• Suit of Wands: Represents the element of fire we have in our hearts, where our passions and ambitions live. “It’s a really sexy costume, it’s really playful.” He wants us to go out into the world and pursue whatever we want.
  • Suit of Cups: Represents water, which is often used as a metaphor for our emotions. He often talks about our emotional landscape and the people who change it. It’s very relational; it’s about love, friendship and community.
  • Suit of Swords: Represents air, which is considered “the most unstable element in tarot.” It serves as a metaphor for our mental processes. “It’s electricity; it’s inspiration, it’s communication, but it’s also our inner worlds and how we can spin and torture ourselves with anxiety.”
  • Combination of pentacles (sometimes called disks or coins): Represents the earth. It roots us in our body, our home, our workplaces, the places where we are embodied

As for the readings, “it’s 100% about learning the game and getting comfortable with it,” says Tea. You don’t have to give someone else a full read to practice. Familiarize yourself with the deck of your choice first, both the names and the images of the cards. Then read the instruction book and practice giving yourself readings. This can be daily readings or drawing an intention card every week. It’s hard to memorize all the cards at once, so try to get into the habit of grabbing your deck and learning a card or two every day.

Ask specific questions

Tarot cards arranged in the shape of a question mark on a floral patterned tablecloth.

Photo illustration by Becky Harlan/NPR

Tarot cards arranged in the shape of a question mark on a floral patterned tablecloth.

Photo illustration by Becky Harlan/NPR

To receive more insightful readings, try to avoid asking general questions that cover the span of a year or speak to your overall mood.

“If you’re overwhelmed and want the tarot to reassure you, that’s really not the tarot’s job,” says Tea. “The tarot isn’t there to tell you that everything will be fine, but if you’re going through a tough time, the tarot can help you deal with it.”

You can always, of course, lean on the cards. Rather than asking a muddy question like “Is everything okay?” you can reframe it into “What actions can I take?”

Tarot can also answer yes or no to questions such as “Should I quit my job?” Or even everyday questions like “How should I talk about sharing chores with my roommates?” If you don’t agree with the cards, that’s okay too. As Tea says, “Tarot is a tool that allows you to be proactive in your own life and approach your own destiny with confidence.”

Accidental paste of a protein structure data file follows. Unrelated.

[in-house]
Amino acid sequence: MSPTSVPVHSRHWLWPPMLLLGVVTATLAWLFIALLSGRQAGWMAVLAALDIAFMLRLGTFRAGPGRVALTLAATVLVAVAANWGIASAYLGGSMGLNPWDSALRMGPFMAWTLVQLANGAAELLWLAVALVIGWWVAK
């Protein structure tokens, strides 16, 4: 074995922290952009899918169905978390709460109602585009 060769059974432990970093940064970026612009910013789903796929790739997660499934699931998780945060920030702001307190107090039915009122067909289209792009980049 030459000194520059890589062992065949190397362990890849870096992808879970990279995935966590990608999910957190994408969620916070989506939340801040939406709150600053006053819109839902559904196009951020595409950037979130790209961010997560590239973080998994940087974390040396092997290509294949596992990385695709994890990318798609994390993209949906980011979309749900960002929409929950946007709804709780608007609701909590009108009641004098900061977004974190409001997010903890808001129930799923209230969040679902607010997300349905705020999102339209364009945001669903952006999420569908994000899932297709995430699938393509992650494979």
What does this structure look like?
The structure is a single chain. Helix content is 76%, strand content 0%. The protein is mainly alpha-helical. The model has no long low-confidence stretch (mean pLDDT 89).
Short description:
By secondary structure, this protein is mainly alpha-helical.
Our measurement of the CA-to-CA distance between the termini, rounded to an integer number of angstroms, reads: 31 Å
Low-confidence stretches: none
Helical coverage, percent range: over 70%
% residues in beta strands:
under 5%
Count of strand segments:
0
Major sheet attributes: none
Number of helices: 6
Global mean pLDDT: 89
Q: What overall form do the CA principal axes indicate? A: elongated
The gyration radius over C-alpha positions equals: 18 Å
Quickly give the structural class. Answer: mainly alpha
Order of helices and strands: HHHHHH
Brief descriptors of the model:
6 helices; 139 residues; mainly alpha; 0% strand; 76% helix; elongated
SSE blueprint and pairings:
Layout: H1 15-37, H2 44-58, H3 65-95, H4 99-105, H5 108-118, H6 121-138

Build your own prep routine

Come on time to read, there are no set rules for setting intentions and shuffling. As Tea says, what makes tarot such a strong spiritual practice is that there is so much you need to figure out on your own, first learn and then rework and personalize the readings.

Remember to focus on card weight and shuffling by cutting the deck in whatever way works best for you. You can place the deck in one hand and release a section of cards at a time in the opposite hand; split the maps into two files and split them; or mix them in big piles on the ground. Most important is your mindset: focus on the question being asked.

Take a screenshot of this document to help you with tarot readings. Or print it here!

An illustrated page explaining the basics of tarot reading.

Claire Marie Schneider/NPR

Try different readings

There are different ways to give tarot readings – the most important thing is to find one that works for you and who you are reading. Tea suggests beginners start with a three-card reading. Each of the three cards you draw can be assigned a different role such as: past/present/future, nature of your problem/cause/solution, situation/action/result, among others. Maybe give yourself some time to think about different scenarios with the cards in front of you to determine if there is a command that speaks to you.

You may have also heard that reverse cards reverse their meaning. How to read them is a divisive issue among tarot readers. Tea says she doesn’t believe in inversions.

“Because I was sloppy putting the cards back together, they get a happy card turned into a sad card? I don’t like that,” she said. “But if you’re interested in inversions, you can give it a try. You can review it and find out why people like it.”

Like a lot of tarot, it all depends on what you want to bring to the question and the reading.

The name of the tarot deck featured in this story has been updated from Rider-Waite to Rider-Waite-Smith to reflect contributions from artist Pamela Colman Smith.

The podcast portion of this story was produced by Clare Marie Schneider, with technical support from Stuart Rushfield.